Thursday, January 29, 2009

Patellar Pain: Part 2 - The Solution Step 1 - Posture

It wasn't until I began to study for my National Academy of Sports Medicine (NASM) Performance Enhancement Specialist certification that I learned about muscle imbalances that existed within the joints above and below the knee, which in turn caused the knee and foot to be out of alignment with activities, which then developed into knee pain/PFPS or worse. Then I attended Gray Cook and Lee Burton's Functional Movement Screen Seminar that I learned about faulty movement patterns and how to retrain them.
In regards to imbalances and faulty movement patterns, I tend to see this dysfunction a lot in runners. Some runners will ignore the pain or try to work around it, putting "fitness on top of dysfunction" (as Gray Cook would state). The problem there is subconsciously the body will try to adapt and find a way to run pain free, which is usually with a foot turned out appearance. This causes imbalances to exist and then the knee wobbles in.

In turn, that runner can keep wearing down the patellofemoral joint unt
il irreversible damage is already done. Whether they are age 10 or 50 at some point or another they come see me for rehabilitation on that knee.

Hopefully they see me early, which I tell the younger runners that their knee pain may be a good sign that something is not working correctly. Their pain and dysfunction can be corrected so that they do not have irreversible damage from them continually running on that particular knee with bad mechanics due to muscle imbalance.

So now I begin the process towards a healthy and pain free knee:

You would not believe how many times when I see a patient for the very first time that I can usually tell which knee is the one they are having pain with. The patients/clients that I see with knee pain all seem to stand particular way, they have one or both feet turned out.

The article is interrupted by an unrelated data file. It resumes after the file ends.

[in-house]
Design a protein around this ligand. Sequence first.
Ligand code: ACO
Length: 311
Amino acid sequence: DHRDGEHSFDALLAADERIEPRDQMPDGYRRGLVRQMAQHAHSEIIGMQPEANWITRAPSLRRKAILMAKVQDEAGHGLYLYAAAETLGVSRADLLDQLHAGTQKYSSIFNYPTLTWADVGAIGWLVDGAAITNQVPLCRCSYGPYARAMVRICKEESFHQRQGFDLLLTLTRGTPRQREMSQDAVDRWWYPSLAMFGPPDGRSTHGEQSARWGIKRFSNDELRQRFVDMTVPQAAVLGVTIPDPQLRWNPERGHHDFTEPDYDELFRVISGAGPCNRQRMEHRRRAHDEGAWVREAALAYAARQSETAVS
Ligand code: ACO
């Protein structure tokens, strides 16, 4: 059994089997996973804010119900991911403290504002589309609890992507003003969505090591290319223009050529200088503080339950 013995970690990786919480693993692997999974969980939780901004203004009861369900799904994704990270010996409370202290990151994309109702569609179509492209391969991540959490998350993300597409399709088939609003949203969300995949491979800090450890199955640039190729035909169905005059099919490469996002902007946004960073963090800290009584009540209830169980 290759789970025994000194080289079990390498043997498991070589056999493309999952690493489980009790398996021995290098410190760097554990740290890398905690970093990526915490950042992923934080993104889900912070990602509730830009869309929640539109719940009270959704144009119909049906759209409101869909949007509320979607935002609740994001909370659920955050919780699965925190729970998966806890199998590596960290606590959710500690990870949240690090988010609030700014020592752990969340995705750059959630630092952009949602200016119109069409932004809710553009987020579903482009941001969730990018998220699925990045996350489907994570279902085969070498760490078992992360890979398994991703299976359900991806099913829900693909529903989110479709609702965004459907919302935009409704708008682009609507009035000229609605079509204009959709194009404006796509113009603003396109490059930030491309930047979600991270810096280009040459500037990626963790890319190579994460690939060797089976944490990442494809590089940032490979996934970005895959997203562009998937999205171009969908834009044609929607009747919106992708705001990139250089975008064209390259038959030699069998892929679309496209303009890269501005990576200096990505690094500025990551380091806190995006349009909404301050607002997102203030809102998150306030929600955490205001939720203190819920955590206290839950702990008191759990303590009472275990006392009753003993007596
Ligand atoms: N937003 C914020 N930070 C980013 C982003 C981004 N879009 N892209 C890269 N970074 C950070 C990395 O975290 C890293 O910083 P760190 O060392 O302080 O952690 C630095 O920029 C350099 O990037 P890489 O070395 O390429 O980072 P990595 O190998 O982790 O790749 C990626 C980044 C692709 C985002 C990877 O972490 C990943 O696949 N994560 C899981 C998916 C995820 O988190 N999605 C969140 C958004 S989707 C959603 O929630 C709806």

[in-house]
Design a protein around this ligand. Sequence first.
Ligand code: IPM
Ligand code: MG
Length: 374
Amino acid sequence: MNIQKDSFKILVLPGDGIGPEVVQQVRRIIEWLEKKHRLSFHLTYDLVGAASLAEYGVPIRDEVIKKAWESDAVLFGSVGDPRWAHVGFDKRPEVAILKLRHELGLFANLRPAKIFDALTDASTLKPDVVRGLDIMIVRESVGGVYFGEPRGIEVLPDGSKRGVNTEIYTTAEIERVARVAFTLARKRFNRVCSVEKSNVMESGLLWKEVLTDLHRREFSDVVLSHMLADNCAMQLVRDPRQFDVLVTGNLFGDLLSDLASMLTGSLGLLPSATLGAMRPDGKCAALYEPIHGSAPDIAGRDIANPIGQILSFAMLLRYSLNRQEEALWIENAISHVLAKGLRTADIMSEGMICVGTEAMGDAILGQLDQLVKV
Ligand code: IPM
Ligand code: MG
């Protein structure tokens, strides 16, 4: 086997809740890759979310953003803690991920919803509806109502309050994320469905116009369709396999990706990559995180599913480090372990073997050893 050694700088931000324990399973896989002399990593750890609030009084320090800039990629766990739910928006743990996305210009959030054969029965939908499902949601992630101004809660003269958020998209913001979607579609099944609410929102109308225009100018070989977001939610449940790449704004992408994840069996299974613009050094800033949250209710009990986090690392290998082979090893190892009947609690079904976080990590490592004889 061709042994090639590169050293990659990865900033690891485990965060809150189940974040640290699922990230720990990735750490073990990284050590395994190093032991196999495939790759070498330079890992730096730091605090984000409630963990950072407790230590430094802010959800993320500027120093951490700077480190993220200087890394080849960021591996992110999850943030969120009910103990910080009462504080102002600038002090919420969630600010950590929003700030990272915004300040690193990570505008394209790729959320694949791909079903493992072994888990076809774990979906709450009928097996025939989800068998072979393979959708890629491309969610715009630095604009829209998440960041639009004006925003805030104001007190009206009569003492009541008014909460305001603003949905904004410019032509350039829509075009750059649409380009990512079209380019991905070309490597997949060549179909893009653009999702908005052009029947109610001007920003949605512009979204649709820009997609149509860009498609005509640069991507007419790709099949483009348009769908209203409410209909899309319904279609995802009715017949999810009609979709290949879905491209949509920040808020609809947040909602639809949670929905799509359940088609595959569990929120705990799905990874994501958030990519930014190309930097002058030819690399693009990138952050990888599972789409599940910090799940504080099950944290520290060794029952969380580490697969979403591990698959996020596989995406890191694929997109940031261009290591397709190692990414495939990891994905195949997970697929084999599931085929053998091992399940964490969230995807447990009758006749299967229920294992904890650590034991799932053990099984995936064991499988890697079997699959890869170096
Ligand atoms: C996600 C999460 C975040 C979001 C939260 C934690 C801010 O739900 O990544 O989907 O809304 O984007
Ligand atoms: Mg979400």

In my mind, the foot turned outward posture could have been the beginning of the problem or the end result. Overall that does not matter to me about how the imbalance began, but the importance is in the method of how to fix it. The first thing I have to educate people who suffer from any type of dysfunction or pain is to improve their posture. Their poor posture is just reinforcing those muscle imbalances and movement dysfunctions which in turn leads to pain.

Think of it this way, you come into therapy you usually get 30 minutes. For example, they may perform ultrasound or electronic stimulation to help with the inflammation, if you are lucky they will introduce you to the foam roller and the art of myofascial release, you perform some mobility/flexibility exercises, then you perform some stability exercises, then you grab a bag of ice and are on your way home. What is the first thing you do then when you get home? You go right back to that foot turned out posture while seated and standing, which just defeated everything you did in therapy.

If you perform 30-60 minutes per day of exercises to improve your dysfunction patterns, then spend the rest of the day having poor posture and reinforcing the dysfunction, how are you improving? 60 minutes of right will not cure the 10-12 hours of the wrong you did the rest of the day.

This is why one of the first things I try to educate my clients/patients is the importance of good posture. Standing with feet straight ahead, shoulder width apart, butt cheeks tightened together. It will take some practice but it is well worth it. Might feel very weird in the beginning, but over time you will become more comfortable with this good habit. You will have to look down and check to make sure you are not going back to your old way of standing and sitting. Catch yourself and then correct it. It will pay off in the long run.

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